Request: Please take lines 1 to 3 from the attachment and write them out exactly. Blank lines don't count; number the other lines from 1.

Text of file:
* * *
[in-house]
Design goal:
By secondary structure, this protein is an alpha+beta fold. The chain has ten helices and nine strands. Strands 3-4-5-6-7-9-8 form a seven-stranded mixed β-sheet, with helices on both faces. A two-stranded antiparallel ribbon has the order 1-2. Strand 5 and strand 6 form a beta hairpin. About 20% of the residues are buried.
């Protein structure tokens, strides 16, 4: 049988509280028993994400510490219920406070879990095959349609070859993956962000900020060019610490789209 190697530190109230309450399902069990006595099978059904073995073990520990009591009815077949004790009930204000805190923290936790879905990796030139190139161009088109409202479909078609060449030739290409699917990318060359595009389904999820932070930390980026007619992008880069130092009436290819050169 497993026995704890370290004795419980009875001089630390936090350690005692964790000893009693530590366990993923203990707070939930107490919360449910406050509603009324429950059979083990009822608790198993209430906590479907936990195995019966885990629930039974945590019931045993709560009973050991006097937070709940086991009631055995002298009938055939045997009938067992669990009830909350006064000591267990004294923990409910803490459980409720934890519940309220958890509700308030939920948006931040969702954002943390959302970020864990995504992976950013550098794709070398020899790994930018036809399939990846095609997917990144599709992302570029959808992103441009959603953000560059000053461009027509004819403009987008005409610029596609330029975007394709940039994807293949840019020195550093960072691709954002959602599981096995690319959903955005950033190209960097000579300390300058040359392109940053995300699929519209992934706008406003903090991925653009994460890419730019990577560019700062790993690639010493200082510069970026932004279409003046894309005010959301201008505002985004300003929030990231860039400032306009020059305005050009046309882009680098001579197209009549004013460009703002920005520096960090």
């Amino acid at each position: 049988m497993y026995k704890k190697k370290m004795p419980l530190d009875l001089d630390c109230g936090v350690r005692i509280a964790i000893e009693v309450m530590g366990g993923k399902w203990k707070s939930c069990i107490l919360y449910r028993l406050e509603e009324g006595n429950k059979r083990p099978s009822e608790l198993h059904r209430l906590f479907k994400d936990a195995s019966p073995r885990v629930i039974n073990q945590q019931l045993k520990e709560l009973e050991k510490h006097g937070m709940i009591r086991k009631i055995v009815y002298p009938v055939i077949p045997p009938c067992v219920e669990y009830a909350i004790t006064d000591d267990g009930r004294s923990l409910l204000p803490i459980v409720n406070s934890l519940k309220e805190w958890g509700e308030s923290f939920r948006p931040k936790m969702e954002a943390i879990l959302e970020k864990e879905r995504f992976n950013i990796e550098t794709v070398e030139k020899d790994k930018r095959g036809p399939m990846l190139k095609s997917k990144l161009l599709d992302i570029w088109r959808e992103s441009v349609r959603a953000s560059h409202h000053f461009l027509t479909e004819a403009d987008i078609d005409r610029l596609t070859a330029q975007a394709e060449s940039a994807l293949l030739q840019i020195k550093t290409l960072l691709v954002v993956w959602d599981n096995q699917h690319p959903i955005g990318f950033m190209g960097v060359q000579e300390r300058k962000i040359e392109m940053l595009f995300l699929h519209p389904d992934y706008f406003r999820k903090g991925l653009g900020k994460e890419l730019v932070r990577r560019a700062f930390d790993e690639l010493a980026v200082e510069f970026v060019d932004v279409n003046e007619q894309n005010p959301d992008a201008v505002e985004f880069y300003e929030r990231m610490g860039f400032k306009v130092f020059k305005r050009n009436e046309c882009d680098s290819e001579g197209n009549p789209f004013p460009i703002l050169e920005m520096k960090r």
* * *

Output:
[in-house]
Design goal:
By secondary structure, this protein is an alpha+beta fold. The chain has ten helices and nine strands. Strands 3-4-5-6-7-9-8 form a seven-stranded mixed β-sheet, with helices on both faces. A two-stranded antiparallel ribbon has the order 1-2. Strand 5 and strand 6 form a beta hairpin. About 20% of the residues are buried.